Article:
Because study is motivated by your job, I suppose you are mainly interested in
procedures rather than theory at the start. Except for Kaplan-Meier, satisfactory introductions to all
of the tests you mentioned can be found in almost any calculus-prerequisite
statistics book. Everyone has their own favorites, and there is no reason for you take advice from any one of us over another. Kaplan-Meier is usually covered in courses on survival analysis.
The American Statistical Association manages a couple of major meetings each year, the Joint Statistics Meetings in late July or early August; and another about six months later devoted mainly to statistical practice (www.amstat.org). I hope you will be able to attend one of these meetings soon. Goals should to find out about new developments, to network with other statisticians with similar interests, and to visit the vast display of books from various publishers where you can browse what is available. Outside North America there are the International Biometric Society, the Bernoulli Society, and the (British) Royal Statistical Society, among many others. (All have web sites; many have reduced membership rates for people transitioning from university to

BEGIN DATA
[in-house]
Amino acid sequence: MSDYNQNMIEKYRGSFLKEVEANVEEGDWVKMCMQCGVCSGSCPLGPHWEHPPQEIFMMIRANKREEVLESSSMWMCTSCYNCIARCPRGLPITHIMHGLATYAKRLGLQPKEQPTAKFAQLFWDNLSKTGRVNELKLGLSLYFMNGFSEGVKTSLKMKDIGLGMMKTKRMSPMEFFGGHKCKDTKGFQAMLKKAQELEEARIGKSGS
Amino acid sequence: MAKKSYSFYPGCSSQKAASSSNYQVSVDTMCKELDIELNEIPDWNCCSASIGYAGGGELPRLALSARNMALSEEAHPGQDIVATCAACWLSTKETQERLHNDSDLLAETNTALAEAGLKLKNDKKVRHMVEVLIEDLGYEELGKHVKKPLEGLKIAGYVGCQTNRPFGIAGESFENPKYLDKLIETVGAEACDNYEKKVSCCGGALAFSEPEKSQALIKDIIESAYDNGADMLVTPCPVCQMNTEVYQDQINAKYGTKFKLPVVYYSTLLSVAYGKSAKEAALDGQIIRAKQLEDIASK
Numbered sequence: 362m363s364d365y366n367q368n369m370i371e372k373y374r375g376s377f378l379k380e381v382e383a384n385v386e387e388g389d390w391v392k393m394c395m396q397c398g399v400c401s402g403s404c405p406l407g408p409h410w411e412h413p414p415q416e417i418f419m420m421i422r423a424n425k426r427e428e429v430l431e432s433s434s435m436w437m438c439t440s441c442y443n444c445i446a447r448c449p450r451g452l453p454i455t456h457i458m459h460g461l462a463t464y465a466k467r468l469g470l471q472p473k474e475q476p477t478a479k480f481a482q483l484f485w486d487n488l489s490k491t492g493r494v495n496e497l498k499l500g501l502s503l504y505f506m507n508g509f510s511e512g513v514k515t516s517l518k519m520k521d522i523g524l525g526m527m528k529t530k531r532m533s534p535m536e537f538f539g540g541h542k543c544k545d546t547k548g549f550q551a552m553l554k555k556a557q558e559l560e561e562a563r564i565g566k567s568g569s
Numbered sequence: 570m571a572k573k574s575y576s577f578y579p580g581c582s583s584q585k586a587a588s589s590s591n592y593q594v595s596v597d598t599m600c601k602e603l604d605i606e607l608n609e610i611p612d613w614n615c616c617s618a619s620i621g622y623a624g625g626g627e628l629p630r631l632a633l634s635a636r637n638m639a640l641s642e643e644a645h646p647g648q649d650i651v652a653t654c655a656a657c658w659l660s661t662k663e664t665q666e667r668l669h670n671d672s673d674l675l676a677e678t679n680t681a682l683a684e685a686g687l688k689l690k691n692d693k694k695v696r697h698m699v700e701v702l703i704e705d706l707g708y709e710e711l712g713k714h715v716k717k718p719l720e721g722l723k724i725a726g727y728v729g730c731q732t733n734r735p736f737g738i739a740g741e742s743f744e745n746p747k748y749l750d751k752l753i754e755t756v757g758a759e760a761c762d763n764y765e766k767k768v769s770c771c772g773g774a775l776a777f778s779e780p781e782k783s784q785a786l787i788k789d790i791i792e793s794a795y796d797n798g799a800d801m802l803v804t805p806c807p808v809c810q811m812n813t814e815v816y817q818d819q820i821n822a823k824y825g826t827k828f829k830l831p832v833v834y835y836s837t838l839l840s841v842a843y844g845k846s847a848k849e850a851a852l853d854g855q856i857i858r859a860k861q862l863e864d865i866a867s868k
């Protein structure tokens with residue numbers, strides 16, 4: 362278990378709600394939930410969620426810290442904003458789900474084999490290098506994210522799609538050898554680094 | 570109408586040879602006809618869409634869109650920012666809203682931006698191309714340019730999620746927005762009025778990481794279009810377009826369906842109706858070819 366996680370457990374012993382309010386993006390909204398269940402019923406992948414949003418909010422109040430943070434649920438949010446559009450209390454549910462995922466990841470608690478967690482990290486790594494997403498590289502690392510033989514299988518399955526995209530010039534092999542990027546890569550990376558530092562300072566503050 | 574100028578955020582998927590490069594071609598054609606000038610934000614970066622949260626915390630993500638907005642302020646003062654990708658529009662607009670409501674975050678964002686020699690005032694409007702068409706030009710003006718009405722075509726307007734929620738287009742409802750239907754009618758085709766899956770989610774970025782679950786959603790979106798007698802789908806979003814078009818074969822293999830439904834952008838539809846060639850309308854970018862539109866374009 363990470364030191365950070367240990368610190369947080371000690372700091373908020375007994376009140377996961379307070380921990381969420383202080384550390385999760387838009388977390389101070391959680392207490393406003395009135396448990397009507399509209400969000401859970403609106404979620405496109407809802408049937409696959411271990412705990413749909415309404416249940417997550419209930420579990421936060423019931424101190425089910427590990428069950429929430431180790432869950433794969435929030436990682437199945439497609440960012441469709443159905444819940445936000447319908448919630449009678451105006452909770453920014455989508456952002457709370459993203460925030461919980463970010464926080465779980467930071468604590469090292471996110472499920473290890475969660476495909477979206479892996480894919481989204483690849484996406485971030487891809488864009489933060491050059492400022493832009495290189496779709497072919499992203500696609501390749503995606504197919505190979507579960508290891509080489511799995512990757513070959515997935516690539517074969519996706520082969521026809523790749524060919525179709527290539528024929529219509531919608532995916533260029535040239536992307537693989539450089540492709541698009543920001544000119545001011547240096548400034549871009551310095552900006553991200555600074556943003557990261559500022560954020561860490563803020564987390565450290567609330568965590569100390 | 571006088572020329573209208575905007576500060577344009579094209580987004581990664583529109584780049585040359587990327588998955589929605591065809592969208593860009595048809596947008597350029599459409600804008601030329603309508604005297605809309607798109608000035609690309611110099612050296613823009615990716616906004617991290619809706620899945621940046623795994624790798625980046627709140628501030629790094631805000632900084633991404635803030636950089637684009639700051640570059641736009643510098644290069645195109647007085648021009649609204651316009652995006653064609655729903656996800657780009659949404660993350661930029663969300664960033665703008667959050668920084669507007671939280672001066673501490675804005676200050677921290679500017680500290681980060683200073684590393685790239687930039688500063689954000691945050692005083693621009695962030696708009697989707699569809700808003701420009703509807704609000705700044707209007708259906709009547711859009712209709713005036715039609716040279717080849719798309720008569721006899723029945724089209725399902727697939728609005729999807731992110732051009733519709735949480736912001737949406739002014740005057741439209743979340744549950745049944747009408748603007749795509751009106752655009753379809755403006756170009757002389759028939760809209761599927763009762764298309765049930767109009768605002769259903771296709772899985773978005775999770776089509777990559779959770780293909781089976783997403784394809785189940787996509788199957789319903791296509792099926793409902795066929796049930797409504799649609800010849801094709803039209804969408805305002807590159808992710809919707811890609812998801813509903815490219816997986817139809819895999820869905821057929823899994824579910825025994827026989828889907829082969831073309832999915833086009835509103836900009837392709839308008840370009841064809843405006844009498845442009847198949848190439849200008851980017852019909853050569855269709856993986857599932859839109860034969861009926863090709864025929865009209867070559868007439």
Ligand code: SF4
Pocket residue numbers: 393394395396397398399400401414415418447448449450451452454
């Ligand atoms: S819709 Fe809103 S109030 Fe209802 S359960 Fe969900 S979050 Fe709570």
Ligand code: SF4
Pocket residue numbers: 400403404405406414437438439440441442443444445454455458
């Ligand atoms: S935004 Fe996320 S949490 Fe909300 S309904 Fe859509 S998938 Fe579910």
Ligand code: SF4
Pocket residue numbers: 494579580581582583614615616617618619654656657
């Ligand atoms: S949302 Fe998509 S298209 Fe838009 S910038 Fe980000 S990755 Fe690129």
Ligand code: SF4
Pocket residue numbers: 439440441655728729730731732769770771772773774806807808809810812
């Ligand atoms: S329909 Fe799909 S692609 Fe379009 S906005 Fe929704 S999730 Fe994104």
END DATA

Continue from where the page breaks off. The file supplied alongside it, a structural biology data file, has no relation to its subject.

You should try to accumulate a reference library of general statistics books (z tests, t tests, Wilcoxon tests, etc.)
books on experimental design (ANOVA), and books on regression analysis. If as i suspect) you
are in a health-related industry, you should include books on biostatistics
and survival analysis.
For specific topics, you can also get good help on the Internet: from university course notes, software user groups, discussion boards of statistical societies, and often Wikipedia. But choose your sources wisely because there is a lot of incorrect and misleading 'information' on various web sites.
Whatever books you choose, I hope you will start to become familiar with
statistical software. As you learn each new statistical procedure, you can
see how it is implemented in software for practical use. Traditional
software packages are SAS, SPSS, and Minitab (all fairly costly for commercial use), and R and Python (excellent, free, open source software). SAS is widely used in biostatistics; Minitab is widely used in quality management.